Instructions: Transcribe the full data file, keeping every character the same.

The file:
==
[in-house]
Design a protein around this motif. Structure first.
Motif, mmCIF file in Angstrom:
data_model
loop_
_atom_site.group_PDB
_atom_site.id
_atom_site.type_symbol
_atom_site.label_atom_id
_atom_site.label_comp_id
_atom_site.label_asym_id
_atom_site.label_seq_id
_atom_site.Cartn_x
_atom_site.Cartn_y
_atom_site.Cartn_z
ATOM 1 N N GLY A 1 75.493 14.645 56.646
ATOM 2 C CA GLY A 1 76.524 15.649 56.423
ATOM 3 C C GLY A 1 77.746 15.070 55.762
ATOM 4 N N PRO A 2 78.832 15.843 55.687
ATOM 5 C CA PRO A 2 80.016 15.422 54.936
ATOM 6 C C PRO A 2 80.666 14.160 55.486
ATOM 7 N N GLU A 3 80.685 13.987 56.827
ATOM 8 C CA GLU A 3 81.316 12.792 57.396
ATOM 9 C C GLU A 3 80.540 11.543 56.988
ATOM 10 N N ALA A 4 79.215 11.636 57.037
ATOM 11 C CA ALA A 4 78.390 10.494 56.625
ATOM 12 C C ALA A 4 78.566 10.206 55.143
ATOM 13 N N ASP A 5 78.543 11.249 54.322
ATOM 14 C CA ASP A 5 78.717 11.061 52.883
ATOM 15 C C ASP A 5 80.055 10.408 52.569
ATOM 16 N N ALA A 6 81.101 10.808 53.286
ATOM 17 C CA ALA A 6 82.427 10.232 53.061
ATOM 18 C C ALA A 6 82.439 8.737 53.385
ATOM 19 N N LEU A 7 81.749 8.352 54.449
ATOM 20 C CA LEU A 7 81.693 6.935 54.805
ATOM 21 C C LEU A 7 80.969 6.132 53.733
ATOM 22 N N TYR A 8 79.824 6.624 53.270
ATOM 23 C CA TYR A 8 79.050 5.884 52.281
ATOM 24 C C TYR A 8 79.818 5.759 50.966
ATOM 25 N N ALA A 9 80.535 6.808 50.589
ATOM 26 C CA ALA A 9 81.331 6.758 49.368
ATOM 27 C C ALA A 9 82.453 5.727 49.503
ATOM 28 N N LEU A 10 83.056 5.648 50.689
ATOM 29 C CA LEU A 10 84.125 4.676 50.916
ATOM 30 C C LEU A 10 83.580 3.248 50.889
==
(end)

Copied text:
[in-house]
Design a protein around this motif. Structure first.
Motif, mmCIF file in Angstrom:
data_model
loop_
_atom_site.group_PDB
_atom_site.id
_atom_site.type_symbol
_atom_site.label_atom_id
_atom_site.label_comp_id
_atom_site.label_asym_id
_atom_site.label_seq_id
_atom_site.Cartn_x
_atom_site.Cartn_y
_atom_site.Cartn_z
ATOM 1 N N GLY A 1 75.493 14.645 56.646
ATOM 2 C CA GLY A 1 76.524 15.649 56.423
ATOM 3 C C GLY A 1 77.746 15.070 55.762
ATOM 4 N N PRO A 2 78.832 15.843 55.687
ATOM 5 C CA PRO A 2 80.016 15.422 54.936
ATOM 6 C C PRO A 2 80.666 14.160 55.486
ATOM 7 N N GLU A 3 80.685 13.987 56.827
ATOM 8 C CA GLU A 3 81.316 12.792 57.396
ATOM 9 C C GLU A 3 80.540 11.543 56.988
ATOM 10 N N ALA A 4 79.215 11.636 57.037
ATOM 11 C CA ALA A 4 78.390 10.494 56.625
ATOM 12 C C ALA A 4 78.566 10.206 55.143
ATOM 13 N N ASP A 5 78.543 11.249 54.322
ATOM 14 C CA ASP A 5 78.717 11.061 52.883
ATOM 15 C C ASP A 5 80.055 10.408 52.569
ATOM 16 N N ALA A 6 81.101 10.808 53.286
ATOM 17 C CA ALA A 6 82.427 10.232 53.061
ATOM 18 C C ALA A 6 82.439 8.737 53.385
ATOM 19 N N LEU A 7 81.749 8.352 54.449
ATOM 20 C CA LEU A 7 81.693 6.935 54.805
ATOM 21 C C LEU A 7 80.969 6.132 53.733
ATOM 22 N N TYR A 8 79.824 6.624 53.270
ATOM 23 C CA TYR A 8 79.050 5.884 52.281
ATOM 24 C C TYR A 8 79.818 5.759 50.966
ATOM 25 N N ALA A 9 80.535 6.808 50.589
ATOM 26 C CA ALA A 9 81.331 6.758 49.368
ATOM 27 C C ALA A 9 82.453 5.727 49.503
ATOM 28 N N LEU A 10 83.056 5.648 50.689
ATOM 29 C CA LEU A 10 84.125 4.676 50.916
ATOM 30 C C LEU A 10 83.580 3.248 50.889